What to expect from MAE / force majeure clauses amid COVID-19

8 Min Read
Share on linkedin
Share on twitter
Share on email

2020 is becoming the most unpredictable and turbulent economic downturn of our lifetimes. The stock market plummets then soars; the unemployment rate is climbing beyond Great Depression levels. The present uncertainty has extended to the fate of corporate M&A deals set to close this year. If deals are delayed or cancelled, will involved parties have to pay fines for walking away? There isn’t a single answer about the fate of these deals, but a few useful clues. 

Is performance still required on existing contracts?

The biggest question facing said deals are whether “material adverse effect (MAE)” clauses and/or “force majeure” clauses will permit parties to terminate or delay deal closure with protection from direct financial consequence, specifically due to COVID-19. (MAE and force majeure provisions contain language that can give parties the ability to terminate or limit performance on a contract.) The answer depends on (1) a contract’s terms, (2) a deal’s jurisdiction and (3) the specific impact COVID-19 had on each party’s ability to perform their obligations (e.g., was performing the contract truly impossible or simply very expensive?). 

TERMS: “Force majeure” clauses often specify events that trigger the protection. This language can provide guidance on whether a pandemic or its indirect consequences (e.g., disruptions in labor force, transportation and supply chains due to quarantines, a national emergency and/or an ‘Act of God,’ etc.) apply. Parties must evaluate whether real world events affecting deal closure align with the clause’s specified events. 

JURISDICTION: A force majeure provision is often treated differently by courts, depending on the deal’s jurisdiction. For example, it may be easier for companies to invoke a force majeure in Delaware or Texas, because local courts tend to (1) focus on the language of the contract’s efficacy, and (2) don’t demand that companies detail how it is impossible to perform the contract.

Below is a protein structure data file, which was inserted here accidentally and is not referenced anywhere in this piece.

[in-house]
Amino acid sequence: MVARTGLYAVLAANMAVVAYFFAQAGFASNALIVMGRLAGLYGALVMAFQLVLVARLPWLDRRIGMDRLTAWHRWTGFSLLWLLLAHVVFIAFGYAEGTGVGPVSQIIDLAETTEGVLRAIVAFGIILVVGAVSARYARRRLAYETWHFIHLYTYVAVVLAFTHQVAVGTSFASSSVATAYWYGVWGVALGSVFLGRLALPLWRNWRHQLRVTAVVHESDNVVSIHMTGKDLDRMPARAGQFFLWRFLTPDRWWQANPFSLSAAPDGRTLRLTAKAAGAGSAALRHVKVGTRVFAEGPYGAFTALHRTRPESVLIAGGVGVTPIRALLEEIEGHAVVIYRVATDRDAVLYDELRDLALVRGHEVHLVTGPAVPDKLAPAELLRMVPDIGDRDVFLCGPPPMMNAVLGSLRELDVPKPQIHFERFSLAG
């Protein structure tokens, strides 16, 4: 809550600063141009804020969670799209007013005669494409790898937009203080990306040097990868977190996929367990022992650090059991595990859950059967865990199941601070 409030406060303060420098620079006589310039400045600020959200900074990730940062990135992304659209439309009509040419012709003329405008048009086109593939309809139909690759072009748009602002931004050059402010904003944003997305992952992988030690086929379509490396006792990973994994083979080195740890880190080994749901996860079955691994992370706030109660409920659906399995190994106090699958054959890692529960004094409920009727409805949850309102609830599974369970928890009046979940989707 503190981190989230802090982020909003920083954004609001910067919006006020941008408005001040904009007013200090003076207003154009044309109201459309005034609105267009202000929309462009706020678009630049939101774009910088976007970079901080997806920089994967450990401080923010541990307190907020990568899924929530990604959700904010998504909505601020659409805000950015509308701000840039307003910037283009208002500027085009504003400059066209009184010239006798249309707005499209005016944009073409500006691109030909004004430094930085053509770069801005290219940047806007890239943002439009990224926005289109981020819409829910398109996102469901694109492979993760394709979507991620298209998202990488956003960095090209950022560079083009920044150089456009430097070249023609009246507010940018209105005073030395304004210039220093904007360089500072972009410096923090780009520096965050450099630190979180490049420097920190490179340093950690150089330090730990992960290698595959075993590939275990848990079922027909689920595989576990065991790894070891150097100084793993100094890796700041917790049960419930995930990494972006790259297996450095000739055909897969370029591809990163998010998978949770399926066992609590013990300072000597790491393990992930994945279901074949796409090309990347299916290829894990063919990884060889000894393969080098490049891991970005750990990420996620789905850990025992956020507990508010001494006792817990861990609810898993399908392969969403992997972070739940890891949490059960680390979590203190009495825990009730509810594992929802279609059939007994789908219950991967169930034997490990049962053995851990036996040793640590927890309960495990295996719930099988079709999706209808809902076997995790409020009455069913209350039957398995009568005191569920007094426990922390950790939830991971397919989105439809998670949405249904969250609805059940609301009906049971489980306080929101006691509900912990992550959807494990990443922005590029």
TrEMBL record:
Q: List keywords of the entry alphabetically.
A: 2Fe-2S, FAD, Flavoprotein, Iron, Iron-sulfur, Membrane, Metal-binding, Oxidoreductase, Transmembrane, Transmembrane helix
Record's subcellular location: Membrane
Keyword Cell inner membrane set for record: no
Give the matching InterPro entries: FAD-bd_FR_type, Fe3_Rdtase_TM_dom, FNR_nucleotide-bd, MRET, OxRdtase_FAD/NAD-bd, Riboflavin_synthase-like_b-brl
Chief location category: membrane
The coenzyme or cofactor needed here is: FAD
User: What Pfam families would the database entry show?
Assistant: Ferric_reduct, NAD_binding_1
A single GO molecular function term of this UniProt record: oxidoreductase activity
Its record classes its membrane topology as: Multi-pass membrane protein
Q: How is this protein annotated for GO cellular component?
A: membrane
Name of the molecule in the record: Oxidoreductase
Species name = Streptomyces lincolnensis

Meanwhile, in New York, companies may only be released from a contract due to force majeure if the act of performing the contract is deemed objectively impossible by local court. California tends to fall in the middle: it may release companies via force majeure if the act of performing the contract yields unreasonably expensive costs. It is advisable to reach out to an attorney to see how your jurisdiction may affect your contract.  

 

How will Covid affect M&A deals?

There are two factors to consider when thinking about how COVID-19 will affect the outcome of deals: 

  1. MAE provisions provide that if the ‘seller’ party suffers adverse conditions harmful to the initial terms of the deal, the buyer can walk away. 
  2. The ‘buyer’ party in M&A transactions would benefit from a successful force majeure or MAE trigger, since they’d be able avoid massive payouts from walking away (termination fees average around 4% of transaction values). 

It follows that if COVID-19 qualifies as an ‘adverse condition,’ buyers can walk away and avoid massive payouts. Courts have yet to make the decision on whether COVID-19 specifically will allow buyers to walk away, but researchers suggest that complications from COVID-19 will not suffice for a scot-free walk.